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Subject: New to trick taking. What exactly makes up a trick? rss

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eduardo espada
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Is it the cards you yourself put down, or all the cards put down by each player during that trick? For instance: 7788,8899,991010, and I win with QQKK, do I receive all the cards mentioned? Or do other players take their losing tricks back in their hands to be played again?
 
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Dan Blum
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All the cards played are included in the trick. (Note that in most trick-taking games, a trick is made up of exactly one card from each player - this is not true in Tichu, but all the cards played are still included in the trick.)
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Mark M
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This response is technically correct but it is more fun if everyone takes back their own cards and then replays the same sequence of cards until the first person becomes bored and is declared the winner.
 
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eduardo espada
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Dan, thanks for clearing that up.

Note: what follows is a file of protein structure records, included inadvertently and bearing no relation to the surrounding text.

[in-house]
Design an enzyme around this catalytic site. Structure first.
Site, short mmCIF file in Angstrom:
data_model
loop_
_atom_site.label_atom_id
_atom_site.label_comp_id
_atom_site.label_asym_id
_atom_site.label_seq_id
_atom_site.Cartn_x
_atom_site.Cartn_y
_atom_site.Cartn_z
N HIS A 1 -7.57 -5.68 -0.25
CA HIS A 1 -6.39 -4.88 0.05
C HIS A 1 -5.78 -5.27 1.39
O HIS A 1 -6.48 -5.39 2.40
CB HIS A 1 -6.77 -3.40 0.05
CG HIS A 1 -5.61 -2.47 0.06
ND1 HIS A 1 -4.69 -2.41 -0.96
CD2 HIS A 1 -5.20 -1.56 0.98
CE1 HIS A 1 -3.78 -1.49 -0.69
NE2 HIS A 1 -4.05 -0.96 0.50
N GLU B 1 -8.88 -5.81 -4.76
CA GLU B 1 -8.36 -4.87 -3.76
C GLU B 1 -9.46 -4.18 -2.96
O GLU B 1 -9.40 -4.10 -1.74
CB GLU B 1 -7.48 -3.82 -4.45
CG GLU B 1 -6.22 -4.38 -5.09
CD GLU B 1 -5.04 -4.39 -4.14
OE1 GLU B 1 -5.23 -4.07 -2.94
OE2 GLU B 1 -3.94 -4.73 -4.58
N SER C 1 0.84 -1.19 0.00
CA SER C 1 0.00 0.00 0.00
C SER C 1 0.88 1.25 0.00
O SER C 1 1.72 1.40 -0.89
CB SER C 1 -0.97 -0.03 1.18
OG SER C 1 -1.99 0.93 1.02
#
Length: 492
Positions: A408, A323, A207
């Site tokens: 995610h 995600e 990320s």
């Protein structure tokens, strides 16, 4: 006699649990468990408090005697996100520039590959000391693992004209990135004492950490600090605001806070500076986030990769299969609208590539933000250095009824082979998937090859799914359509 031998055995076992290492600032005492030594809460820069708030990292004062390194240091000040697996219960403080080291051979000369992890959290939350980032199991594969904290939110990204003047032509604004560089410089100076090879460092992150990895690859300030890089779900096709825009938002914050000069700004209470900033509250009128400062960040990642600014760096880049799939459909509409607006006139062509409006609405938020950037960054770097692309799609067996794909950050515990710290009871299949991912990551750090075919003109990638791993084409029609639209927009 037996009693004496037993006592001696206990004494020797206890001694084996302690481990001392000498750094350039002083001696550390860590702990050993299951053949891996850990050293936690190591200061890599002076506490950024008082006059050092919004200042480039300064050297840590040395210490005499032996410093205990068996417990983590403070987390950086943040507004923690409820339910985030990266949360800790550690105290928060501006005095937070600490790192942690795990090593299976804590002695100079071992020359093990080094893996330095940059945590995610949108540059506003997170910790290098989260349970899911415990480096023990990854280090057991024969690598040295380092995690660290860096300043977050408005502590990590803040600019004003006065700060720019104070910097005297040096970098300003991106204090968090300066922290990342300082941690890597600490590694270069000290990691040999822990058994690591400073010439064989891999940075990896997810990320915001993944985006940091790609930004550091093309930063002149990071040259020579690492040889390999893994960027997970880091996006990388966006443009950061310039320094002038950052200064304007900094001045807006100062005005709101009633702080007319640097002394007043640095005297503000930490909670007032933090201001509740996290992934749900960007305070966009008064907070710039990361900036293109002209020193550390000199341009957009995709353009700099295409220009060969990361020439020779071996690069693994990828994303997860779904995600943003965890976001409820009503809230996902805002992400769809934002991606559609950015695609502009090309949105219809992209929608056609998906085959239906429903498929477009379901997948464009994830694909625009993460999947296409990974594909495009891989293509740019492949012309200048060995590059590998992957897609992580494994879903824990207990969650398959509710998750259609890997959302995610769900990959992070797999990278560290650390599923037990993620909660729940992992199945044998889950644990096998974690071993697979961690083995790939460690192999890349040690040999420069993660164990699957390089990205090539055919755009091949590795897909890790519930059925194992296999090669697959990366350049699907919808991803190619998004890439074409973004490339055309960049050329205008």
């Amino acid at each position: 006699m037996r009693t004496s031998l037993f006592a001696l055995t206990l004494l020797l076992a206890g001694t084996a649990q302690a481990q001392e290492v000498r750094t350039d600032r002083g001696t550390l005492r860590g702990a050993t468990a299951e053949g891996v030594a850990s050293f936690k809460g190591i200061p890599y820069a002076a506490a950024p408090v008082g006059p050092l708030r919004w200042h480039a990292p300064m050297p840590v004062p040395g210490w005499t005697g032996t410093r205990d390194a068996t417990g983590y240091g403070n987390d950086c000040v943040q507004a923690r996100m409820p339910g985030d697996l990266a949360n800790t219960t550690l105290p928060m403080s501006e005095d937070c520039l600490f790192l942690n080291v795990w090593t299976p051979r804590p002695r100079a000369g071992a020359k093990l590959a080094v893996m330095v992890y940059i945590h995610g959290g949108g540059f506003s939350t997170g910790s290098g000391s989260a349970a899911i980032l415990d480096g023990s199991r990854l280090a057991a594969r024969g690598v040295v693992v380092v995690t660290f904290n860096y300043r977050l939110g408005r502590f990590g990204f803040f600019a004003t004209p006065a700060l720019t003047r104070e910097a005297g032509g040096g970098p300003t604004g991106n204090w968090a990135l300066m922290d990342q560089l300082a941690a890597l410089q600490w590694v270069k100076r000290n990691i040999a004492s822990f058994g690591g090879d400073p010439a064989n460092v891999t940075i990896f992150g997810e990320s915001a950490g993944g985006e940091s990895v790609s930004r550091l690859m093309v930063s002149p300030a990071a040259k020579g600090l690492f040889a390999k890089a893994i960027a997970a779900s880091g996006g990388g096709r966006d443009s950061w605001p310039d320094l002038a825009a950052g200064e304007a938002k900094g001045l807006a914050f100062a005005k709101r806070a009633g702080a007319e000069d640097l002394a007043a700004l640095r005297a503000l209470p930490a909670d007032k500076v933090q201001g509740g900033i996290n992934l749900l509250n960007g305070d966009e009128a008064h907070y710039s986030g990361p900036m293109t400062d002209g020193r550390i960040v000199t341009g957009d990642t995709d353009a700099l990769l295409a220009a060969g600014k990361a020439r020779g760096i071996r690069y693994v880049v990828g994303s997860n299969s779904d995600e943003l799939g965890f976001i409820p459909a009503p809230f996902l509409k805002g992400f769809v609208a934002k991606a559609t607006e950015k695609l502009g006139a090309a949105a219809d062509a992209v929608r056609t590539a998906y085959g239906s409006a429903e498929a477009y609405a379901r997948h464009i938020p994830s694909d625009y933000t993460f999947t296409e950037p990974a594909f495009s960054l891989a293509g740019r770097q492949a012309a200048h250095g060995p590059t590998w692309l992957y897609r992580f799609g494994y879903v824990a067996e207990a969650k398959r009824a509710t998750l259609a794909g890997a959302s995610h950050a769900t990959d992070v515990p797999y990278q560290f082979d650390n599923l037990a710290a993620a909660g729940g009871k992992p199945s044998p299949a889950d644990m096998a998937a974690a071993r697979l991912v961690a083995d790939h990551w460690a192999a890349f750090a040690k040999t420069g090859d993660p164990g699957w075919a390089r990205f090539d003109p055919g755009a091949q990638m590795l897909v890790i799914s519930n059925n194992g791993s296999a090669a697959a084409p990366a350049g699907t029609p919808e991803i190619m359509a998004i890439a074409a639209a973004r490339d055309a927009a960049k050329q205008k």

Mark, thanks for the sarcasm. No, really. Thanks for taking the time.
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David F
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I've always thought trick-taking refers to Heart, Spades, Bridge etc, where everybody plays 1 card, and the trick goes to the person with the strongest card.

I don't think of Tichu as trick-taking (it's a climbing game instead), since you can pass but jump in again, and not everybody plays the same amount of cards. Hence, I wouldn't really call anything in Tichu a trick.

It's just semantics, but I think referring to both styles of games as trick-taking glosses over the fact that these are very different genres (e.g. I know a lot of people who love Tichu but hate, Hearts/Spades/Bridge and vice versa).
 
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Chris Sniezek
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It's not just semantics. A trick is defined as one card played by each player in turn, starting with a leader, after which the cards are evaluated to see which of the players wins. Trick-taking games revolve primarily around the number of tricks taken or the cards captured in the process.

Tichu is foremost a shedding game, where the primary objective is to play out your hand as quickly as possible. It's in the secondary objectives (where neither team manages to shed both their hands before either opponent can) that it shares elements of a trick-taking game.


 
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Tim Stellmach
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selwyth wrote:
It's just semantics, but I think referring to both styles of games as trick-taking glosses over the fact that these are very different genres (e.g. I know a lot of people who love Tichu but hate, Hearts/Spades/Bridge and vice versa).


On the contrary, I'd say that games where the players successively form and collect pools of cards are a common enough pattern to need a name, and using "trick-taking" to refer only to the Whist family needlessly obfuscates matters.
 
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Chris Sjoholm